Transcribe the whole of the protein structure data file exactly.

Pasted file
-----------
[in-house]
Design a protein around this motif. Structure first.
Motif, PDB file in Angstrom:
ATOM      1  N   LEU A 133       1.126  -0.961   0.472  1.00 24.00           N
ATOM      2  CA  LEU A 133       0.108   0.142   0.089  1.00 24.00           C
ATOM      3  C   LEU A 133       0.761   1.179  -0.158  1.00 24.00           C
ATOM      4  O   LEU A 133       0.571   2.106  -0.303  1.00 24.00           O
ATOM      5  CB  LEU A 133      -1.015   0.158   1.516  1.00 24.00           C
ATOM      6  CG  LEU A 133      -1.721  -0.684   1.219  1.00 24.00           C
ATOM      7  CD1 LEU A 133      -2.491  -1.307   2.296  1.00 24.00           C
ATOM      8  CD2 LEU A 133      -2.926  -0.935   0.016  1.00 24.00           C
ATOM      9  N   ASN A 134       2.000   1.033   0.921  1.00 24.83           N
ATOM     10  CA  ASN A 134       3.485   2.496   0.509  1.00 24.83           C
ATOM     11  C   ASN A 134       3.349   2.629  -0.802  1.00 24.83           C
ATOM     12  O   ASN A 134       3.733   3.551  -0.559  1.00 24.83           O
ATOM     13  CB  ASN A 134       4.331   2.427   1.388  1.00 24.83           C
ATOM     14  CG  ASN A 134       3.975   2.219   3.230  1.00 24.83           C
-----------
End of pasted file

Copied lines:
[in-house]
Design a protein around this motif. Structure first.
Motif, PDB file in Angstrom:
ATOM      1  N   LEU A 133       1.126  -0.961   0.472  1.00 24.00           N
ATOM      2  CA  LEU A 133       0.108   0.142   0.089  1.00 24.00           C
ATOM      3  C   LEU A 133       0.761   1.179  -0.158  1.00 24.00           C
ATOM      4  O   LEU A 133       0.571   2.106  -0.303  1.00 24.00           O
ATOM      5  CB  LEU A 133      -1.015   0.158   1.516  1.00 24.00           C
ATOM      6  CG  LEU A 133      -1.721  -0.684   1.219  1.00 24.00           C
ATOM      7  CD1 LEU A 133      -2.491  -1.307   2.296  1.00 24.00           C
ATOM      8  CD2 LEU A 133      -2.926  -0.935   0.016  1.00 24.00           C
ATOM      9  N   ASN A 134       2.000   1.033   0.921  1.00 24.83           N
ATOM     10  CA  ASN A 134       3.485   2.496   0.509  1.00 24.83           C
ATOM     11  C   ASN A 134       3.349   2.629  -0.802  1.00 24.83           C
ATOM     12  O   ASN A 134       3.733   3.551  -0.559  1.00 24.83           O
ATOM     13  CB  ASN A 134       4.331   2.427   1.388  1.00 24.83           C
ATOM     14  CG  ASN A 134       3.975   2.219   3.230  1.00 24.83           C